This was at one time a form of entertainment for me. I would write what I called vignettes. Like a written version of a still-life picture though as some of the examples you're saying show there can (and should!) be movement and life in your descriptions (unless you're describing a lifeless world of course). I start by just imagining the scene. You might hear some folks refer to "painting" or "building" the scene in their mind but I've never had that level of control. Instead it's like a fog reveal for me. Like seeing what was already there. Anyway, however you want to describe it just imagine your scene. Imagine your point of view, where you are standing, where you are looking. How do you feel? Is it cold? Is it hot? Muggy? Coming in by boat? Imagine how much smaller and more cramped boats were likely to be in that era. Remember, engineering has allowed us to compact things like drive mechanisms. Instead of having an engine room below decks you have the oarslots and rowing deck, or you have the sails and associated equipment crowding the top deck. You mentioned Absalom. Go wild! Absalom is practically the center of the Golarion setting, largest city in the region. You can find virtually anything of any kind there. People of every race, of every profession, some keeping quiet to go unnoticed (but perhaps have the players run a Perception check; make the DC attainable; if anyone succeeds, give an additional description of some otherwise unnoticed characters; make it in front of the whole group but look pointedly at those who made the check; it could be a good way to introduce an NPC or it could just be window dressing but sometimes the players like that sort of little reward).

Now consider their state of mind. Are they exhausted by the trip? Have any of them been to a large city before? Are they cultured or rubes? If you've not grown up in, say, New York City, and have only visited once or twice like me, then you can remember how overwhelming the island can feel, how huge and packed and energetic it feels. How strange it was to see so much happening, in fact just *starting*, late at night. How nothing ever stopped or slowed down. How small you felt and yet how much potential you could feel at your fingertips. Try to imagine that sizzle, that spark, that excitement.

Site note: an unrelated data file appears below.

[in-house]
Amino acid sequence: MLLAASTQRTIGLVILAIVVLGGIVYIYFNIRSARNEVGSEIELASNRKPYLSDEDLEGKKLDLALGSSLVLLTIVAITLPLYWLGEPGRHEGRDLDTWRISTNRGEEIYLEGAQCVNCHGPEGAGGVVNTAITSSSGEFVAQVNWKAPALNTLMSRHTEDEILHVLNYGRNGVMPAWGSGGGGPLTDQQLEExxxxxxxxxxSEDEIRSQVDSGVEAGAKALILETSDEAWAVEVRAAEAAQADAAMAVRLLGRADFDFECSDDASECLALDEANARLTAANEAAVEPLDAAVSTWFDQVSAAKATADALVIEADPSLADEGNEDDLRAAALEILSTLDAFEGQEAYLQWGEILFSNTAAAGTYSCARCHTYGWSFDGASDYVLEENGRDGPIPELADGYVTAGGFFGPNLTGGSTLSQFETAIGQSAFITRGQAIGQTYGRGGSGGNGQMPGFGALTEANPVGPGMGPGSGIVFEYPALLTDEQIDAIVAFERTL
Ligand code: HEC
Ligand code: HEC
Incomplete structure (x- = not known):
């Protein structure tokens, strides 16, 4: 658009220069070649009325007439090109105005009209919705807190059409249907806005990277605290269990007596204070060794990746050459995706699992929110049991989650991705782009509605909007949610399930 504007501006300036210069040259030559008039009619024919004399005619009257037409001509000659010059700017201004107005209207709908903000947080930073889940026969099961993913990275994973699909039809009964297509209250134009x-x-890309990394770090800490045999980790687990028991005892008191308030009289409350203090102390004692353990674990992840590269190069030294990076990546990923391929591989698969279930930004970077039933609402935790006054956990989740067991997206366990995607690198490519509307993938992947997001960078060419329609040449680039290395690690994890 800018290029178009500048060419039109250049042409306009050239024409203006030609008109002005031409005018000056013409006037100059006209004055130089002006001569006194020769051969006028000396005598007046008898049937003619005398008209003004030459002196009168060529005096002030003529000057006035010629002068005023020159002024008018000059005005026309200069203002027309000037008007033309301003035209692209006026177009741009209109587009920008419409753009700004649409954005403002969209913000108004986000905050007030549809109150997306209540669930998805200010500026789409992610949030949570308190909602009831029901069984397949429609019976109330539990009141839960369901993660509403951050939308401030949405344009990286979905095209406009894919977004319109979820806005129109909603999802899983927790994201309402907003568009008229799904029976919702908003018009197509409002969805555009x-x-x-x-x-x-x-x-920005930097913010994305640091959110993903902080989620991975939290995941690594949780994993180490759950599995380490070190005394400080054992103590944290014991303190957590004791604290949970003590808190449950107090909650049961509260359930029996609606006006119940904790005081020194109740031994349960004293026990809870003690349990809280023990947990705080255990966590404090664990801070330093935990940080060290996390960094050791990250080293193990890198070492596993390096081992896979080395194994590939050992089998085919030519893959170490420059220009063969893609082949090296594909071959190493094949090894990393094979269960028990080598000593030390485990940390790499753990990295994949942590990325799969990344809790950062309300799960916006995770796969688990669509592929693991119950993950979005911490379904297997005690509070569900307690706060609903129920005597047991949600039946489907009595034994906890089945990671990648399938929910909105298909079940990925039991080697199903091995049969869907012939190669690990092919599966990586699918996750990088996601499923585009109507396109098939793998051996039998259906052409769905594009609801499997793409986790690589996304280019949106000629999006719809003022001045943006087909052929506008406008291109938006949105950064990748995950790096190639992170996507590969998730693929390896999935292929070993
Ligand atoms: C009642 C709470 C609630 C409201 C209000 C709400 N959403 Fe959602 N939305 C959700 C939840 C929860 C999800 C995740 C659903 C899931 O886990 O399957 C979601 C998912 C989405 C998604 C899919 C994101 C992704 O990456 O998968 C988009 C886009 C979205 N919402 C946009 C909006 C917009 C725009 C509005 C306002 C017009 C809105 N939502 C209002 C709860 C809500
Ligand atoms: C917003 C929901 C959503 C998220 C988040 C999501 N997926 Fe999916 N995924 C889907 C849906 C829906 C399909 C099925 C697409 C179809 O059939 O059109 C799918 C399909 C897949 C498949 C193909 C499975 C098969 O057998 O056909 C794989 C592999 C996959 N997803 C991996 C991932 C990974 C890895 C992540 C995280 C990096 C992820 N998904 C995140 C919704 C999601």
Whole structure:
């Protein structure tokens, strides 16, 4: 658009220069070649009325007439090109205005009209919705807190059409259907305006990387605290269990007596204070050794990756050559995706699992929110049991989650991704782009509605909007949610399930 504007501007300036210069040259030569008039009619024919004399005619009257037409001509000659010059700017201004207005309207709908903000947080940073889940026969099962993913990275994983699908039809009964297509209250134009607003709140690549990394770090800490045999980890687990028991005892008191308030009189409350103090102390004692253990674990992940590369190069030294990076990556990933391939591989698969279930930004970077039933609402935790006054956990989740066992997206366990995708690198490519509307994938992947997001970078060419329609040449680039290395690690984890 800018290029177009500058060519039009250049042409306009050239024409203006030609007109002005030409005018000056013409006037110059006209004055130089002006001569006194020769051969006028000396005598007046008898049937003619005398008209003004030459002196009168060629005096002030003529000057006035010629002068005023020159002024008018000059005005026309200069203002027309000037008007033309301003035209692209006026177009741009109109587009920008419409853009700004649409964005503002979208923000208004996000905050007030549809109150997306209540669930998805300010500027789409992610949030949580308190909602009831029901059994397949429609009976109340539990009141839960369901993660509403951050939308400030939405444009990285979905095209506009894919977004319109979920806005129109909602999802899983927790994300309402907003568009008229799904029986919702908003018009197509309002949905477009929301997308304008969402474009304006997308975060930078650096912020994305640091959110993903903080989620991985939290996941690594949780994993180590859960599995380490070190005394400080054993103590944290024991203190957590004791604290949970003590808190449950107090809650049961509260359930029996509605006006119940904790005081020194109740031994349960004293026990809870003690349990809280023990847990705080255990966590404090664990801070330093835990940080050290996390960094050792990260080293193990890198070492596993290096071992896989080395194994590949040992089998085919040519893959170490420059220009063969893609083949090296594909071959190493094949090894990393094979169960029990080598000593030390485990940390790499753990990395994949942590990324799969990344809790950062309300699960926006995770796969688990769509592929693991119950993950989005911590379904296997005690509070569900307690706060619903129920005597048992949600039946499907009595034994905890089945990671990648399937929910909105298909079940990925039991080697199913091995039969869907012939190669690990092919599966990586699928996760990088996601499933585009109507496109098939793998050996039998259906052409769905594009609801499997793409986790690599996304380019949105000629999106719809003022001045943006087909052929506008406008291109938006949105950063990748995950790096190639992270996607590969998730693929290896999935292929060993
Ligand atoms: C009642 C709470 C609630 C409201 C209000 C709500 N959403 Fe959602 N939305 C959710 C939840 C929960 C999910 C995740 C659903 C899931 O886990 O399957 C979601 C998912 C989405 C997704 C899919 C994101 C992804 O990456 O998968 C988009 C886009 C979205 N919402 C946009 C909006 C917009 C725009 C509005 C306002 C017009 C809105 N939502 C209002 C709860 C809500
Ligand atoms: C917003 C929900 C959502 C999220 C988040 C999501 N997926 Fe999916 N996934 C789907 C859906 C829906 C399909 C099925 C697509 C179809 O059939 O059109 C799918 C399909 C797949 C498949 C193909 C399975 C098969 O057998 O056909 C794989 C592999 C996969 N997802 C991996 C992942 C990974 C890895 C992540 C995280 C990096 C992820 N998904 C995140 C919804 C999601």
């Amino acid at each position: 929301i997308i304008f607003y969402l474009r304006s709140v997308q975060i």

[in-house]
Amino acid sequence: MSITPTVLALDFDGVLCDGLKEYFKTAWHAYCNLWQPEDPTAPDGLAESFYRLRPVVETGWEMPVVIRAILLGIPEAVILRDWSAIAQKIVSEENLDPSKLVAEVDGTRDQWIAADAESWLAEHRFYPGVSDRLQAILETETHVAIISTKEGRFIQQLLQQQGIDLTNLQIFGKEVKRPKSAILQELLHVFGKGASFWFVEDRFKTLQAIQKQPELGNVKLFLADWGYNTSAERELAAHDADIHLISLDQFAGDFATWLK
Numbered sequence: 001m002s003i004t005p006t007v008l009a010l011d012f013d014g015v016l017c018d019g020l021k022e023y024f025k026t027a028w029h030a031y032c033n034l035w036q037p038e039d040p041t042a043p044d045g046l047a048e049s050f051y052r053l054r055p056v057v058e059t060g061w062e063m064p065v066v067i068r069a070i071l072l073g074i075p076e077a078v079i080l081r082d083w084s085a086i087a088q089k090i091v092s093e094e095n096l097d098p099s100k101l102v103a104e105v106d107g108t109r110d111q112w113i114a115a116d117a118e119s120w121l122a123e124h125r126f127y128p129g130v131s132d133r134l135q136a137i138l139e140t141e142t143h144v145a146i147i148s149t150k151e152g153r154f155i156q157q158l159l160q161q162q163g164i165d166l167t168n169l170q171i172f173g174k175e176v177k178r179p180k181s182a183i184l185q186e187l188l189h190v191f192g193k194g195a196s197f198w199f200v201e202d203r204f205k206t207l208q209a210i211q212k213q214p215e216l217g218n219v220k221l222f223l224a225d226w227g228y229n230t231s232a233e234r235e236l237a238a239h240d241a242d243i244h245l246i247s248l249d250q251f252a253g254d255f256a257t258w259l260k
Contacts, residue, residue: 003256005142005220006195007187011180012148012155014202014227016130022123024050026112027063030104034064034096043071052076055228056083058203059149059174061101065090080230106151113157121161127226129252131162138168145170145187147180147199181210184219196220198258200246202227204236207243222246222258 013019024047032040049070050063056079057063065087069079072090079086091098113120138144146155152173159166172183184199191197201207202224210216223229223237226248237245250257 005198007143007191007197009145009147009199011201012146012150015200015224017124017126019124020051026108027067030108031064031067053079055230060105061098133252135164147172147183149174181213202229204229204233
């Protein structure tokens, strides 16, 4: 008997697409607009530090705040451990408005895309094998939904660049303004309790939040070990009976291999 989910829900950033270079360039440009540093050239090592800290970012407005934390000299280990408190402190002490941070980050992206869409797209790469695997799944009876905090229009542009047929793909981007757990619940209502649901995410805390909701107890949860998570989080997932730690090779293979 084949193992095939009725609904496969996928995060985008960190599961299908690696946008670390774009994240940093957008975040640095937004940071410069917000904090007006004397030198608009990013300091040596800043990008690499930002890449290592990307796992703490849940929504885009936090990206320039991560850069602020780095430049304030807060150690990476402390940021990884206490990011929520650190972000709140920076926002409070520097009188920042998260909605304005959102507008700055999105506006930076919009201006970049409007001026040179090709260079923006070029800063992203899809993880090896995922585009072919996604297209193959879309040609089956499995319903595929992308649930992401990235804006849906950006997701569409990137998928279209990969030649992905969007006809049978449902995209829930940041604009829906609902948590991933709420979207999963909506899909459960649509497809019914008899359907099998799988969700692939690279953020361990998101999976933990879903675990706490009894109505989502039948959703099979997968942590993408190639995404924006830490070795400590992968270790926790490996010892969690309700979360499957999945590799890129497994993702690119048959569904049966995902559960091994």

Now write it. Use the descriptions you came up with in your head. Describe all five (or six depending on your mood) senses. Good luck!

5 people marked this as a favorite.

Sorcerer is easy. Think of it like being a mutant in the X-Men universe. You think you're normal. You get a job as an accountant. Then one day after you realize you could be due for a promotion suddenly you begin to glow...

It isn't beyond reason to imagine someone being a late bloomer, realizing the arcane potential of an unknown bloodline later in life than those that start at level 1.

In fact, given that Sorcerer's *do* get that innate capability without the need for all the book learning, I think it is the far more reasonable option for switching to an arcane casting class later in life.

What should *really* be blowing your mind is how Johnny Swingsword, who set out to adventure as a Fighter at age 17 (starting level 1) with only his momma's greatsword and daddy's chainmail, can decide, upon completing his very first adventure and gaining enough life experience to increase his potential (hit level 2) can suddenly pick up a spellbook and understand what it took Alfred Castingmore quite a number of years in Wizard's Academy to learn about arcane spells and how to cast them.

1 person marked this as a favorite.